Ask yourself if you are pushing forward or dismissing a specific candidate. Is this because of concrete data or evidence from their CV, skills test, or interview, or is it based on a gut feeling or a physical characteristic? If it is the latter, then you are probably being biased. Once a bias is recognised, you should endeavour to get yourself back to an objective analysis.

Try to train yourself or any others involved in the interviewing process out of making decisions based on superficial traits. This includes judgments based on appearance, comfort level during the interview, or culture; try to look deeper. If issues remain, you might ask better questions at interview or look into interview training. Above all else, you should avoid making snap decisions, because they are never the best way to hire a new employee.

Your conclusions can be tested by checking the candidate’s references. This will confirm they are who and what they say they are.


Outside the recruitment process

By becoming familiar with different experiences, people and cultures, it reduces rejection of those who are different because of these traits. Such biases not only limit potential hires but are also likely to be considered discrimination. Never dismiss a candidate merely because they seem different from the norm. You should actively consider whether a different mindset, communication skill, or thought framework enhances the workplace, leading to dynamic problem solving.

Recruitment bias principles:


  • Experiment with the wording of job descriptions and listings by removing words associated with a particular gender, age, etc
  • Consider asking candidates to undergo a work sample test. It is a useful way to compare applicants and is an effective predictor of future job performance
  • Try to control personal feelings about a particular candidate by giving likability a numerical score. By giving it a score, you are making it more controllable.



  • Conduct unstructured interviews. Rather, standardise interview processes by asking candidates the same set of defined questions
  • Allow surface demographic characteristics to play a part in your CV review. Consider using a software programme that ‘blinds’ information to ensure a level playing field
  • Neglect to set diversity goals for recruitment. You should also track your company’s progress.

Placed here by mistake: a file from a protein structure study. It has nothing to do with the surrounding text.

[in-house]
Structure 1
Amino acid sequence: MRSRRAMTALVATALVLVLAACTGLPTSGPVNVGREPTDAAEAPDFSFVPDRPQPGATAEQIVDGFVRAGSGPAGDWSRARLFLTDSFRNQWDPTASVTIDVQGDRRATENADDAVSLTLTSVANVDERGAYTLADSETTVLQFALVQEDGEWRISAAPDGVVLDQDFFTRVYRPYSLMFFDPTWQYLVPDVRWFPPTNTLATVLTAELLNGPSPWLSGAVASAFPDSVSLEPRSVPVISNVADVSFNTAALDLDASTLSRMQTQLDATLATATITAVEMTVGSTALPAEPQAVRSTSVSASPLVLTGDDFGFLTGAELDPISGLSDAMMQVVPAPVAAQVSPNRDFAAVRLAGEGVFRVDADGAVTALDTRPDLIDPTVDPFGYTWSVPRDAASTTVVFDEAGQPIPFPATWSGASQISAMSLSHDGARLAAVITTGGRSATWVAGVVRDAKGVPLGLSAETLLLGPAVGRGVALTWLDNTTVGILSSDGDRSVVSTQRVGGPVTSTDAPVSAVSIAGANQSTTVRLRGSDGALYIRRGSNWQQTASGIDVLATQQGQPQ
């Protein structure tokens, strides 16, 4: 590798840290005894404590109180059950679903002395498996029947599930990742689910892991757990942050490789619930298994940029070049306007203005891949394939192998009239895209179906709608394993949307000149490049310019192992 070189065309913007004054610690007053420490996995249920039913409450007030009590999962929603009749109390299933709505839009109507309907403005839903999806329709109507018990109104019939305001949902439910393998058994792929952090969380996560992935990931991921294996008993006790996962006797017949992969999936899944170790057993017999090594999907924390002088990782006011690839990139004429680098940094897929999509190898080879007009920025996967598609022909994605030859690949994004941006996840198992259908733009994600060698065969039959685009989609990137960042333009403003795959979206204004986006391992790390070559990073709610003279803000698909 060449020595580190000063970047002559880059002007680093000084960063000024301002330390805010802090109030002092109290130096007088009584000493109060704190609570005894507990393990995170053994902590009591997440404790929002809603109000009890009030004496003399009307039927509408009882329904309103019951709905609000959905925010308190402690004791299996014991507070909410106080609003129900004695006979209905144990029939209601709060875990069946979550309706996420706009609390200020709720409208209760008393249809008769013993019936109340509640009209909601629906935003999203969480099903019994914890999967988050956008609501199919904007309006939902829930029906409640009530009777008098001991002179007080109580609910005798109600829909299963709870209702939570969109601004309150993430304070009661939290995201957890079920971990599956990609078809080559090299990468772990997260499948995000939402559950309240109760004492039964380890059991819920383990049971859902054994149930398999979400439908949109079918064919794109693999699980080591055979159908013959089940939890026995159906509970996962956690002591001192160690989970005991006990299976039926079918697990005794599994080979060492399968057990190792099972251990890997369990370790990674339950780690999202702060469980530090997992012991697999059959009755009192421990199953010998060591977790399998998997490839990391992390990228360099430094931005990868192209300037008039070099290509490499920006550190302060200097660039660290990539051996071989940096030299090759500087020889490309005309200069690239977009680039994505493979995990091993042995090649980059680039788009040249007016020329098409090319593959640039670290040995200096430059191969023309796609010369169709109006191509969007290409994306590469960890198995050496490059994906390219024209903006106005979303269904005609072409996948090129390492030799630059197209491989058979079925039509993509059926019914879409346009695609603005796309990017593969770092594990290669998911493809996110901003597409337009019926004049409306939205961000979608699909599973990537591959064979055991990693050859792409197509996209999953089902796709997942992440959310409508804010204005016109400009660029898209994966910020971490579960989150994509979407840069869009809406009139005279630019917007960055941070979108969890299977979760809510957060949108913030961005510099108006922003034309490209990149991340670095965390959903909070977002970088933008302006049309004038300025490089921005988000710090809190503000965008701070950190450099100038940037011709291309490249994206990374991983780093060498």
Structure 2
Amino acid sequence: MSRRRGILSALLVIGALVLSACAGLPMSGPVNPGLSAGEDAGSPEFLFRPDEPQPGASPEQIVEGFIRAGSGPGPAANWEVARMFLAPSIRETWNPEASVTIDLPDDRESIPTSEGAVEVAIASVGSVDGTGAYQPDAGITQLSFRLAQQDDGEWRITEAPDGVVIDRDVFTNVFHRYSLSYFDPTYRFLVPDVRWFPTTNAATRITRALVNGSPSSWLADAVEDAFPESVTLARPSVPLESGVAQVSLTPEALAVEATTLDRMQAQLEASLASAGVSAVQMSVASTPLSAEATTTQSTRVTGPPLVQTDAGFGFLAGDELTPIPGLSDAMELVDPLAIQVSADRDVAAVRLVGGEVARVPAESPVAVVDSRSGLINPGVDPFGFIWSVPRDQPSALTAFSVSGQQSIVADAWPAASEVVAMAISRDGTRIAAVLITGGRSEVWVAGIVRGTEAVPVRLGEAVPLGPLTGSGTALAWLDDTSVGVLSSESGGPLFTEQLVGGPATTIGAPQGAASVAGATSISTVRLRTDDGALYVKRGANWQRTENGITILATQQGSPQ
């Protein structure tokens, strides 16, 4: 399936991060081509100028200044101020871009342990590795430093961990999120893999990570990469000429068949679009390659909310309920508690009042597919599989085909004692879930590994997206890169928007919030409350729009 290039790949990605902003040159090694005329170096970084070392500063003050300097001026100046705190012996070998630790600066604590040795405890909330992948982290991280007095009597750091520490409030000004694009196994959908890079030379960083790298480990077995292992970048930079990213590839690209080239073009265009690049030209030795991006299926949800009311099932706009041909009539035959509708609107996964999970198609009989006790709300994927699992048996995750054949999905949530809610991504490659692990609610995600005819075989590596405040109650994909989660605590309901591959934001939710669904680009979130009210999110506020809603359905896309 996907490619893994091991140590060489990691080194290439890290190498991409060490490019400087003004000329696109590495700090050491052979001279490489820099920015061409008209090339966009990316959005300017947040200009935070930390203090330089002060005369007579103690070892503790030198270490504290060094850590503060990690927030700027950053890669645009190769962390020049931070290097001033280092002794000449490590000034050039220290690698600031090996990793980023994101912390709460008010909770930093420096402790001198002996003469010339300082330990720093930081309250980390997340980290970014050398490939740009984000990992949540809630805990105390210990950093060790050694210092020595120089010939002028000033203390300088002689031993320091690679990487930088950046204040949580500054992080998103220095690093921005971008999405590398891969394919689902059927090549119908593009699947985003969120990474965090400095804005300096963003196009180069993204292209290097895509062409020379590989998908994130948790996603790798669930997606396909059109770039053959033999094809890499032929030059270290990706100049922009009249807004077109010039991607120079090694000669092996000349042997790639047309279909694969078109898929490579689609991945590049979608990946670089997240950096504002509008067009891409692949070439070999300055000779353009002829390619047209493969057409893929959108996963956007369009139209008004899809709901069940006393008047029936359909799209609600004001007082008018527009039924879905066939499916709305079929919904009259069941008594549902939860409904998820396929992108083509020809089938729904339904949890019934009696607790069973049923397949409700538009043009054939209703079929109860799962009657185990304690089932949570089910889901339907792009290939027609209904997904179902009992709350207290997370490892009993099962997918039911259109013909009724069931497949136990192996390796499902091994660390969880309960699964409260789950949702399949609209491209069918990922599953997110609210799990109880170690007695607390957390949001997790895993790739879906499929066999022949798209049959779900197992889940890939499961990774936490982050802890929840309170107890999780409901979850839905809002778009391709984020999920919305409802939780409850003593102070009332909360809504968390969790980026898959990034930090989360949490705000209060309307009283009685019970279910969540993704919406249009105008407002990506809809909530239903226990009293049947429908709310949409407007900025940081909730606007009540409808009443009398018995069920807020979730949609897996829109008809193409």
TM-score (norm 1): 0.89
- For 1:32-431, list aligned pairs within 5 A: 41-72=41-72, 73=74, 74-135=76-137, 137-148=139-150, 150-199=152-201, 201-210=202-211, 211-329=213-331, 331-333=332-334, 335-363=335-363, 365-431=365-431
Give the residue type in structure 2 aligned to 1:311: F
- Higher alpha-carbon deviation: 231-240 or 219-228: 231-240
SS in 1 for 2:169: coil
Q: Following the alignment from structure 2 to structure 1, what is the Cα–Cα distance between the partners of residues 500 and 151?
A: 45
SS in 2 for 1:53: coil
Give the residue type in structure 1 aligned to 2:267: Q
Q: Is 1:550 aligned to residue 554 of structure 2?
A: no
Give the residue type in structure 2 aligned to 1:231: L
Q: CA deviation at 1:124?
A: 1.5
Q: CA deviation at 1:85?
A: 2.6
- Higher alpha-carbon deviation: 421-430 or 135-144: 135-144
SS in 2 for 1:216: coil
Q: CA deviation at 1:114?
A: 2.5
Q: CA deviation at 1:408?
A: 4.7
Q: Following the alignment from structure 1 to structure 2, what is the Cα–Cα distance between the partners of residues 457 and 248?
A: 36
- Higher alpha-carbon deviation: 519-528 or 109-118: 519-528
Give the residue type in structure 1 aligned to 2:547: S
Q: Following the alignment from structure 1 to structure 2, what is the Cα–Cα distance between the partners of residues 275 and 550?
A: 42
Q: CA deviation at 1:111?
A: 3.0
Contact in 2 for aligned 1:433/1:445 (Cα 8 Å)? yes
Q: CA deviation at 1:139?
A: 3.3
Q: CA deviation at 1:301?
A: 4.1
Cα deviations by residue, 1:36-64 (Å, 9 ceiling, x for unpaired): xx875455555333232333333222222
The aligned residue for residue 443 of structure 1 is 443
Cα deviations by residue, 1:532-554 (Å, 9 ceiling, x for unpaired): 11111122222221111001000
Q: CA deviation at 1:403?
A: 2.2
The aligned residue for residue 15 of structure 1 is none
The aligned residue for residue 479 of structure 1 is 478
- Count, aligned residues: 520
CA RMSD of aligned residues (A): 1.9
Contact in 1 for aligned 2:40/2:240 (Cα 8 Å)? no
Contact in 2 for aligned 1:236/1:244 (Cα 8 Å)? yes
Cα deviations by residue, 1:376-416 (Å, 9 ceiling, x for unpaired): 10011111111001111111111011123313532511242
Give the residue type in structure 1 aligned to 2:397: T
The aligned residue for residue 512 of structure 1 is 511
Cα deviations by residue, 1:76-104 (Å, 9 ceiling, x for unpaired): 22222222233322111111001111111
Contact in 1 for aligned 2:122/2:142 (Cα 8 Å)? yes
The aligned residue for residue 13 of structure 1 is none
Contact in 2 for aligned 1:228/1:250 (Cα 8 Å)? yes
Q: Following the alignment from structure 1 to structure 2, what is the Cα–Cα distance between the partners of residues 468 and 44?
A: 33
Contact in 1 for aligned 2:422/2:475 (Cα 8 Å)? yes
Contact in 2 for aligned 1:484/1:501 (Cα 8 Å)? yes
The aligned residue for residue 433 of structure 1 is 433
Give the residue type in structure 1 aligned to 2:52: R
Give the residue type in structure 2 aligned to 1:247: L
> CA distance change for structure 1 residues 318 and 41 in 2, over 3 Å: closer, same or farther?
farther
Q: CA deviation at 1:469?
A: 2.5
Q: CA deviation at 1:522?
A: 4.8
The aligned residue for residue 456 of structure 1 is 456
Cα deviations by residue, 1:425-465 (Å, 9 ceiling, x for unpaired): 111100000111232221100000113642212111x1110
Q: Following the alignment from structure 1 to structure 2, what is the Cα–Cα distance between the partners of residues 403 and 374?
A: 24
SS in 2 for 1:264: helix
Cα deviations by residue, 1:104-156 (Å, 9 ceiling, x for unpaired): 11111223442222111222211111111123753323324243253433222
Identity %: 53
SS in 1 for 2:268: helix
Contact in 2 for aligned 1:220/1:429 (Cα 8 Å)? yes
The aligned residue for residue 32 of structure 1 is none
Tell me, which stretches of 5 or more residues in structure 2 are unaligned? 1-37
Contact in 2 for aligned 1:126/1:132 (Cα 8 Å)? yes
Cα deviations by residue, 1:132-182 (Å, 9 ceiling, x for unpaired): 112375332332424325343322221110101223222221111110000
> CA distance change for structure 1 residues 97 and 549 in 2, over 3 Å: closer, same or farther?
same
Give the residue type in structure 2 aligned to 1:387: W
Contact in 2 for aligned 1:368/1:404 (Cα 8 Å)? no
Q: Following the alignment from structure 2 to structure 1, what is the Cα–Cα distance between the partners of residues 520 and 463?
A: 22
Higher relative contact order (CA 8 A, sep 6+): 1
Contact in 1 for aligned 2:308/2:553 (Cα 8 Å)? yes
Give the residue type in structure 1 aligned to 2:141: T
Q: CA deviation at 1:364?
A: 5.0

Recruitment bias FAQs

How do you stop recruitment bias?

Ensure your business introduces blind skills challenges, removes gendered wording, makes data-driven decisions, advertises roles through new channels, structure your interview process, and has an interview panel. This process will help to curb unconscious recruitment bias.

What are some hiring biases?

Common recruitment biases include: confirmation bias, halo effect, affinity bias, similarity bis, projection bias, pitchfork effect, status-quo bias, nonverbal bias, expectation anchor, contrast effect, and conformity bias.

How does unconscious bias affect recruitment?

Unconscious bias causes us to judge candidates based on our perceived ideas and notions of them, rather than their experience and skills.

Last updated: 15 May 2023


Founder and Managing Director Anne Morris is a fully qualified solicitor and trusted adviser to large corporates through to SMEs, providing strategic immigration and global mobility advice to support employers with UK operations to meet their workforce needs through corporate immigration.

She is a recognised by Legal 500 and Chambers as a legal expert and delivers Board-level advice on business migration and compliance risk management as well as overseeing the firm’s development of new client propositions and delivery of cost and time efficient processing of applications.

Anne is an active public speaker, immigration commentator, and immigration policy contributor and regularly hosts training sessions for employers and HR professionals

About DavidsonMorris

As employer solutions lawyers, DavidsonMorris offers a complete and cost-effective capability to meet employers’ needs across UK immigration and employment law, HR and global mobility.

Led by Anne Morris, one of the UK’s preeminent immigration lawyers, and with rankings in The Legal 500 and Chambers & Partners, we’re a multi-disciplinary team helping organisations to meet their people objectives, while reducing legal risk and nurturing workforce relations.

Legal Disclaimer

The matters contained in this article are intended to be for general information purposes only. This article does not constitute legal advice, nor is it a complete or authoritative statement of the law, and should not be treated as such. Whilst every effort is made to ensure that the information is correct at the time of writing, no warranty, express or implied, is given as to its accuracy and no liability is accepted for any error or omission. Before acting on any of the information contained herein, expert legal advice should be sought.